S. and I saw The Reader this afternoon at the Kentucky Theater–perhaps the most moving and powerful film I have ever seen. I know that’s an unusually strong endorsement, and maybe the movie will not affect others the way it did us. But I believe that by all objective measures this adds up to one hell of an afternoon at the theater.
The Reader stars Kate Winslet and Ralph Fiennes. Winslet plays Hannah, an illiterate streetcar worker with whom the Fiennes character has an affair the summer he turns 15. Hannah helps the younger Michael when he becomes ill with scarlet fever. Several months later when the teenager is well again and returns to Hannah’s apartment to express his appreciation, the affair begins, as does Michael’s reading to Hannah without recognizing her illiteracy. When Hannah receives a positive job review and is promoted to office worker, her inability to read or write compels her to run away and join the SS. Michael knows nothing of her whereabouts until, as a law student, he visits a war crimes trial that features his one time lover as defendant. Hannah’s ultimate conviction depends on her confessed composition of an incriminating document. She allows herself to be convicted of murder rather than admit her own inability to have written even her own name.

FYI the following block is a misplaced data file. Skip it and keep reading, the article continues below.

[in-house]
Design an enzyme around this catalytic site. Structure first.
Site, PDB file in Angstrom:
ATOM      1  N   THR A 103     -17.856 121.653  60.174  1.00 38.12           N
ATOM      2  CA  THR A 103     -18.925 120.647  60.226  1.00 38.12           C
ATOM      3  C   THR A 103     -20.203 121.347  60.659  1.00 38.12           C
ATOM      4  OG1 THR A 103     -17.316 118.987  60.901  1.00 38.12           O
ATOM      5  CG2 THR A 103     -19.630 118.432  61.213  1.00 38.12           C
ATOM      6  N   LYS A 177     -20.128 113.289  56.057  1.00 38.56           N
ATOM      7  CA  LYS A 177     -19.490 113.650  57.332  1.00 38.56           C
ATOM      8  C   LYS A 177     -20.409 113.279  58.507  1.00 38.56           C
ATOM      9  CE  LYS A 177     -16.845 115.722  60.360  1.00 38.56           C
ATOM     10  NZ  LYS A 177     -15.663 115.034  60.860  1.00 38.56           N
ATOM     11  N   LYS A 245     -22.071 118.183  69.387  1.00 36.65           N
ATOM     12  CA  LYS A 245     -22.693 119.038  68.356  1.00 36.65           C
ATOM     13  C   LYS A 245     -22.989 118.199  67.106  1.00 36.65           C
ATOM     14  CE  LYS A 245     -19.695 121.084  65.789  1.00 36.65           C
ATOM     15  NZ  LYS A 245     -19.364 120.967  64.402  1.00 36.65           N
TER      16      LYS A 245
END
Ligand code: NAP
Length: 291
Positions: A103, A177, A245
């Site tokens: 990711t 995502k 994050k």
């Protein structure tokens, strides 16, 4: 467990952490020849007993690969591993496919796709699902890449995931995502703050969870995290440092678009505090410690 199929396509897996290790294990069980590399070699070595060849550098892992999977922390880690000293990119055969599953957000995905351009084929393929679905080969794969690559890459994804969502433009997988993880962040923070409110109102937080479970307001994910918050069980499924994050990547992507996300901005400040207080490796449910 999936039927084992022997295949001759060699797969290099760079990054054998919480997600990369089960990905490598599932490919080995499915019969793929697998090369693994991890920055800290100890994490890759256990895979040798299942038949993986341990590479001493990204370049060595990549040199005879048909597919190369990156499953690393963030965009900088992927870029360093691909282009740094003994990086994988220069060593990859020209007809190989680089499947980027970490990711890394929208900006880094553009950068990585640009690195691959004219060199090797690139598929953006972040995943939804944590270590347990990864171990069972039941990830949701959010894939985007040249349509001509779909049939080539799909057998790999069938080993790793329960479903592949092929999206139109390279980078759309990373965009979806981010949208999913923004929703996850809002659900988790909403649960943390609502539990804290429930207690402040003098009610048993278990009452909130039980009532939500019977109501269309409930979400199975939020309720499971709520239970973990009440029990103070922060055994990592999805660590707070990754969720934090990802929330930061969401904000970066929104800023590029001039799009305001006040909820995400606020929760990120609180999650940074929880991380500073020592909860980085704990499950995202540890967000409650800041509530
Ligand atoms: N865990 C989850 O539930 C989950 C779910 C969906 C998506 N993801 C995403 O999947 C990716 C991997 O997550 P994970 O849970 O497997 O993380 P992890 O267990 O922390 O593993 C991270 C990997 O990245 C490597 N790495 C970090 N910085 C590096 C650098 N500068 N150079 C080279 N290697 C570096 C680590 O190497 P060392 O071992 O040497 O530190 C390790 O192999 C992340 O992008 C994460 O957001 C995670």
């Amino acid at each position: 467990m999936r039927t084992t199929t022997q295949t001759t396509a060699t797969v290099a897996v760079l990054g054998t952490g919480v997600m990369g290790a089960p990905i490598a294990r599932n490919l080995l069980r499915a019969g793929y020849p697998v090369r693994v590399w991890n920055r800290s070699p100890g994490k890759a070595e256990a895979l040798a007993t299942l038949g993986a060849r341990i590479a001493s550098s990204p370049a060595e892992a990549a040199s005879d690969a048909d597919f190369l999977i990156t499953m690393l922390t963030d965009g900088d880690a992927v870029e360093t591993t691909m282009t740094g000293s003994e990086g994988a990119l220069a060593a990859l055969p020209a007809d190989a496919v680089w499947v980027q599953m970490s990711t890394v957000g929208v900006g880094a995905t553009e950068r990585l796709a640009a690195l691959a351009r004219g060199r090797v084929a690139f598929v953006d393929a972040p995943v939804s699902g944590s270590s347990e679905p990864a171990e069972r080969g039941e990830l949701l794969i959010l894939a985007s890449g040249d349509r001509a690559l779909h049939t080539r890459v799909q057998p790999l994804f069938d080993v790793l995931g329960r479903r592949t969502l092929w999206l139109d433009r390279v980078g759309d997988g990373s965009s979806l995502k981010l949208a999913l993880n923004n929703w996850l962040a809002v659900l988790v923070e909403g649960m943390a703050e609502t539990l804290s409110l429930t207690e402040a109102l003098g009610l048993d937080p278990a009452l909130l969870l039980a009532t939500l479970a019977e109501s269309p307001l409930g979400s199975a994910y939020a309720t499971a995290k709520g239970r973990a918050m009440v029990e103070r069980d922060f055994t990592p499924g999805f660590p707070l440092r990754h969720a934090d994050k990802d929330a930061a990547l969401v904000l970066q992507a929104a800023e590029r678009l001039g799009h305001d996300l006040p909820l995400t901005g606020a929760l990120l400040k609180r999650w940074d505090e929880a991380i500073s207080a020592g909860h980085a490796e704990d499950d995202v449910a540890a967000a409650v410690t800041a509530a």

Probably I should share no more of the plot–should only share that the film explores the imprisoning nature of shame and degree to which we will go to keep shame secret even if it means our own literal incarceration. It also suggests that sometimes what we perceive as indifference to the feelings and suffering of others may, in fact, be something else entirely, that what may seem meaningful to one person may remain nothing to another, that who we are and why we behave the way we do is a complicated affair, that, perhaps, we should withhold judgement of others, as we may know less than we think about their tangled inner lives. Perhaps, we ourselves remain poor readers of motivation. Could we be equally illiterate when it comes to deciphering the texts of our own shame-based behaviors?